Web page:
Despite an enormous infusion of cash in the past decade, the agency that runs the country’s penitentiaries has failed to deliver on longstanding promises to reduce prisoner deaths and has failed to limit critical security incidents that endanger staff and inmates, a newly released report card on the operations of Correctional Service of Canada reveals. “I continue to be very frustrated that CSC continues to deal with deaths in custody as sort of one-off events and not paying enough attention to the patterns and the common issues that contribute,” says Howard Sapers (inset), the federal correctional investigator. (Hear the full interview with Sapers, after the jump, in Episode 1 of the Cancrime podcast).
A veteran Liberal MP who once oversaw Canada’s federal prison system says at least one convict-run penitentiary farm among six shuttered by the Conservatives should be reopened and he’s pushing his caucus to do it. “I’m certainly encouraging it be done and I hope the government, when they do their financial analysis, see the worth of doing that,” Wayne Easter (inset) told me, in a recent interview. Easter was Public Safety critic leading up to the October 2015 election. He was solicitor general in the Chretien government in 2003, with responsibility for the Correctional Service. Easter said he planned to meet this week with the new Liberal Public Safety minister, Ralph Goodale.
Ralph Goodale (inset), the Saskatchewan farm boy now in charge of Canada’s federal prison system, could swiftly do one small thing that would send a big signal that the Harper legacy of punitive correctional policies will be dismantled. Goodale should move quickly to restore convict-operated farms at penitentiaries across the country. Six pen farms in five provinces were shuttered by the Conservative government in 2010, for no justifiably good reason. Really, Goodale may have no choice. A vocal and remarkably persistent lobby group based in Ontario has a signed promise (read it after the jump) from the Liberals, obtained before the October federal election, to reopen one of the prison farms. It isn’t much of a stretch to conclude that if reopening one is a good idea, it’s worth reopening all of them.
The federal agency entrusted to keep 15,000 criminals safely locked behind bars in more than 50 penitentiaries across Canada apparently can’t safeguard one of its key administrative buildings from simple burglars. The facility in Kingston, Ontario – a site that, according to my sources, houses dozens of high-powered weapons and thousands of rounds of ammunition – was burgled recently by a thief who made off with keys to a prison service vehicle. The bandit got away largely because, remarkably, the Correctional Service of Canada regional staff college does not have a security officer on duty at the site overnight because of cost cutting.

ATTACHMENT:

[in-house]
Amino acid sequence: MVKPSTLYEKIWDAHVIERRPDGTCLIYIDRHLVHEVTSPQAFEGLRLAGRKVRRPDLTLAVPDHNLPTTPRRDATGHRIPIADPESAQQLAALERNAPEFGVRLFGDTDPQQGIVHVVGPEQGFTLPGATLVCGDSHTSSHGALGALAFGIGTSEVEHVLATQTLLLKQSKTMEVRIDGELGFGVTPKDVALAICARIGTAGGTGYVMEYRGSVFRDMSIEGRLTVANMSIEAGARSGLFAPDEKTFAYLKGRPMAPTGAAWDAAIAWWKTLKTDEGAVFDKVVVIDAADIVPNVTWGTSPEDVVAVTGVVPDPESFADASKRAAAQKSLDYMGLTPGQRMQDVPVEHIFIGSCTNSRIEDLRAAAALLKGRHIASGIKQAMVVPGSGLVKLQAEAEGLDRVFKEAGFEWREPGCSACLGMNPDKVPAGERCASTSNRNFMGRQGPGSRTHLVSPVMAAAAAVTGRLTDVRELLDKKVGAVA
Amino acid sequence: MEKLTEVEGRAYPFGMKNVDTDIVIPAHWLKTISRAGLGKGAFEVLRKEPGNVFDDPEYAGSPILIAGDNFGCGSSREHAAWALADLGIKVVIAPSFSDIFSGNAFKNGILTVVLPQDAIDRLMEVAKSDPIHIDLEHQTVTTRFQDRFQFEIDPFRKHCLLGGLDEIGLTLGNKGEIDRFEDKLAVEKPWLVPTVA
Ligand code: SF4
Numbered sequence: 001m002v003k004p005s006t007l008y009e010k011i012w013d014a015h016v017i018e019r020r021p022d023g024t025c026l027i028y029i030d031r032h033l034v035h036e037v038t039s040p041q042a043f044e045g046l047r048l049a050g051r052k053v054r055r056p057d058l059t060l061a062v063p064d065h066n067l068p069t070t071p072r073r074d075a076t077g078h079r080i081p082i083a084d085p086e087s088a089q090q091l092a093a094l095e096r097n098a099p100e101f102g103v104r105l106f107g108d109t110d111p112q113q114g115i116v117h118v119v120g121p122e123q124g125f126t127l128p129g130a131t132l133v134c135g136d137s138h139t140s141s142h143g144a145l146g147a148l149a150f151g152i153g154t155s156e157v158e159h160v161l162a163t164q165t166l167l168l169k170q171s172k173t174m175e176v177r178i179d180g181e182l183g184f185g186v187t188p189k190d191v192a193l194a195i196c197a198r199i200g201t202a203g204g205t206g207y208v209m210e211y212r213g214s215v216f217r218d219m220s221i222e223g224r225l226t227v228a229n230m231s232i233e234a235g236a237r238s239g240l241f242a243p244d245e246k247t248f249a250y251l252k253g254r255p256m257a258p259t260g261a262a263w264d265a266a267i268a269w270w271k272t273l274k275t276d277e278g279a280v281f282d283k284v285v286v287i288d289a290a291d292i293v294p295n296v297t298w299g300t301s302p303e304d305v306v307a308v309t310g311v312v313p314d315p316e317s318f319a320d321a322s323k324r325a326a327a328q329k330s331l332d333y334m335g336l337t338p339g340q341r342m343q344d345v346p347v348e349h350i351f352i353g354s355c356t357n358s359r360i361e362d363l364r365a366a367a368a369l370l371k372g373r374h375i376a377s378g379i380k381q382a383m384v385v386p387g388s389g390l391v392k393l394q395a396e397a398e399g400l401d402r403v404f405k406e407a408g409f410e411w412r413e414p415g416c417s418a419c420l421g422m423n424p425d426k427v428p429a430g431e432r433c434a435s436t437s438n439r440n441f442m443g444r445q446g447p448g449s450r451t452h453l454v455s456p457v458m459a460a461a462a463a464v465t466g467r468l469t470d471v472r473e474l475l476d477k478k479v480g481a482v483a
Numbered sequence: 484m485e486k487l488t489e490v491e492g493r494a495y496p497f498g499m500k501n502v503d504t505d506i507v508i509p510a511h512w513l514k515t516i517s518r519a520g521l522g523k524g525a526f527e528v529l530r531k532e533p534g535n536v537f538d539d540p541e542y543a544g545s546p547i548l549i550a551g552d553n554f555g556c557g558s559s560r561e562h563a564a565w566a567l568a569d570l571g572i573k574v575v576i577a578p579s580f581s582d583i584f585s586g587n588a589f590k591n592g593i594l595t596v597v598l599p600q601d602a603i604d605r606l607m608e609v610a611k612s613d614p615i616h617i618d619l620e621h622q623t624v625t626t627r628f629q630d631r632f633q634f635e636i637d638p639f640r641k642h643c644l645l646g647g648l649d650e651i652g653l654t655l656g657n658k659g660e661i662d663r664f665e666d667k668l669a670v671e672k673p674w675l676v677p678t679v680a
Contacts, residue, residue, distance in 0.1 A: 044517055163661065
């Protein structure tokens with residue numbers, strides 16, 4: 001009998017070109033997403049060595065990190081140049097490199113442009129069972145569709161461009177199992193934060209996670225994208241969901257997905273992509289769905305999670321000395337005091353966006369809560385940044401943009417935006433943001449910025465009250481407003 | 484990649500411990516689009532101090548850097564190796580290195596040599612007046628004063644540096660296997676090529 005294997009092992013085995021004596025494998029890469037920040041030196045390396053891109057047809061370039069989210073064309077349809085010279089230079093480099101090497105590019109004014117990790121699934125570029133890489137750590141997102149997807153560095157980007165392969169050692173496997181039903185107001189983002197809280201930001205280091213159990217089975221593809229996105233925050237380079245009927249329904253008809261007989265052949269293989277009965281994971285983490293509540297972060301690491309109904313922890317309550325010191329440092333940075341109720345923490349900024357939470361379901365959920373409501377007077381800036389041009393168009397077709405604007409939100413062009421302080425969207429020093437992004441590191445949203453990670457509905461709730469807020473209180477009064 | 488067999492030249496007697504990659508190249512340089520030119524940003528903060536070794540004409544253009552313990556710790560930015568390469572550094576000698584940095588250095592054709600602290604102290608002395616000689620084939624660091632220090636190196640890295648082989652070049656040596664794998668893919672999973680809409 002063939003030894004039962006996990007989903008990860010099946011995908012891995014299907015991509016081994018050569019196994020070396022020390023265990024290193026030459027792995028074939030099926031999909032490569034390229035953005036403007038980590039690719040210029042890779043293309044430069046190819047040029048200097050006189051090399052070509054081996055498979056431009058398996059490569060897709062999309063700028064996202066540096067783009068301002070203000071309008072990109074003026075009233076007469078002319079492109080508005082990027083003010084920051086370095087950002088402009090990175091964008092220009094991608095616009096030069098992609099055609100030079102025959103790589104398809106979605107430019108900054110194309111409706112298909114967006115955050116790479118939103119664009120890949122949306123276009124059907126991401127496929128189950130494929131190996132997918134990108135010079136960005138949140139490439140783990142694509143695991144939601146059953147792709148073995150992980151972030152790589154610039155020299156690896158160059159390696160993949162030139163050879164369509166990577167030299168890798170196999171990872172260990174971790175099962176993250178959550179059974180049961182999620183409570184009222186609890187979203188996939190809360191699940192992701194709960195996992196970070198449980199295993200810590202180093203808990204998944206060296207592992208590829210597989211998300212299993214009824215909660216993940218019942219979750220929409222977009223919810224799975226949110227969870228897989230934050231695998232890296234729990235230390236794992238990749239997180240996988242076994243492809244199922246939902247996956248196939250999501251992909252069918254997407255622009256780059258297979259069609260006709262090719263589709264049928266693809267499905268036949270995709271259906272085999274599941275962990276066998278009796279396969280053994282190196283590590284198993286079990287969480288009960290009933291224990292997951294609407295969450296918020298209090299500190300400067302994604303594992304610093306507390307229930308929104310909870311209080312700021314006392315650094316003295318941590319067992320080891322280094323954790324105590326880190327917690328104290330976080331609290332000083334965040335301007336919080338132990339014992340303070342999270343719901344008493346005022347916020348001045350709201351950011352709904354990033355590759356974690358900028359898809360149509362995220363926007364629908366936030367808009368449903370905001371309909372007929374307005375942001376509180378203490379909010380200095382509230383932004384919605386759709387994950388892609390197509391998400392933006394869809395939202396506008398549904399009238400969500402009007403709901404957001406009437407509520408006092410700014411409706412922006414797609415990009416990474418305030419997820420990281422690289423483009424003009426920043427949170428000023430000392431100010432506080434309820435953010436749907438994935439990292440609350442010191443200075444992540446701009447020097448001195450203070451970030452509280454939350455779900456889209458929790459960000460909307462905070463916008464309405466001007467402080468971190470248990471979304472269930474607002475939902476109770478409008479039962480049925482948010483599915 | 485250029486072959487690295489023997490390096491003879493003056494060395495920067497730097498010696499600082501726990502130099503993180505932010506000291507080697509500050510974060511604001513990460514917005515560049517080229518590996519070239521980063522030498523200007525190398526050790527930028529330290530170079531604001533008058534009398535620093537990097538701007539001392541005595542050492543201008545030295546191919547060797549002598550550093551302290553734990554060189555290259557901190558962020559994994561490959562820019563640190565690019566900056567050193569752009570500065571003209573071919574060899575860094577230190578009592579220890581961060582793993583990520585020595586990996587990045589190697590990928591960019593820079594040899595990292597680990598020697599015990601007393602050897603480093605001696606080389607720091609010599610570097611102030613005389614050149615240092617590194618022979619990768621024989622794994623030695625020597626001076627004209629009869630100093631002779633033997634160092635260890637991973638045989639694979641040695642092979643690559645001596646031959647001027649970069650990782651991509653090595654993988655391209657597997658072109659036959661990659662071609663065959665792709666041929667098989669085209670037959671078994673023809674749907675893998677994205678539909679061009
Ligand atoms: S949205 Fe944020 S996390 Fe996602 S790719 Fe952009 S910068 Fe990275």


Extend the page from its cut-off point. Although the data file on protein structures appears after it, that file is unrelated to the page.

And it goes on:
Through my late teens and early 20s – in late 70s and 80s – heavy-duty plastic milk crates had one notable use, as containers/carriers for long-play, 33 rpm records. Albums fit perfectly into the rugged, square containers that were designed to transport jugs and plastic bags of milk and other products from dairies to retailers and restaurants. It turns out the crates have an entirely unexpected use inside a federal penitentiary, as the raw material for fabrication of a sturdy and lethal prison shank. I dug out of my personal archive a photo I snapped of one of these marvels of convict engineering (inset, in full after jump), after seeing a recent decision of a Federal Court judge who tossed out the internal prison conviction of an Ontario inmate after a five-inch long Fibreglas knife was found inside the convict’s cell.
Contaminants that cause cancer, neurological impairment and a host of other ailments have been found in soil around a closed federal prison in Kingston, Ontario at concentrations as high as 93 times federal guidelines, secret documents reveal. Copies of the documents, two briefing notes prepared by Corrections Canada for Public Safety Minster Steven Blaney, were obtained by Cancrime (read them in full after the jump). One briefing note, dated January 29, 2014, reported that “widespread soil contamination” was found around 179-year-old Kingston Penitentiary, which ceased to operate as a prison in September 2013. The note explains that lead, arsenic and hexavalent chromium – substances described in the note as “hazardous to human health” – were found “in exceedance of Federal and Provincial guidelines.” Corrections Canada, which will conduct an open house on the issue today (April 25) in Kingston, has revealed publicly only that areas around the prison show “preliminary evidence of possible soil contamination.” Information posted online at a website established by Corrections – the agency that manages the federal prison system – omits many details contained in the briefing notes, notably that the contaminants were found at levels far in excess of federal guidelines.
A labour tribunal decision has exposed an ugly feud between Alfred Legere (inset), former warden of Nova women’s prison in Truro, Nova Scotia, and top bosses at Corrections Canada, in a case related to the controversial death of Ashley Smith, a teenage prisoner who choked herself to death in October 2007 at Grand Valley Institution,...
The CSC Pipes & Drums performed “Amazing Grace” from an upper tier catwalk overlooking the main dome of Kingston Penitentiary during the private decommissioning ceremony held at the prison on October 24 (video after jump). VIPs, including former staff, family of staff who died at KP, and Corrections brass were on hand for the formal event marking the end of the facility’s life as a functioning penitentiary, 178 years after it opened in 1835 at Hatter’s Bay. No decision has been made about the fate of the vast property, which comprises more than 40 buildings within the 20-acre walled compound on the shore of Lake Ontario.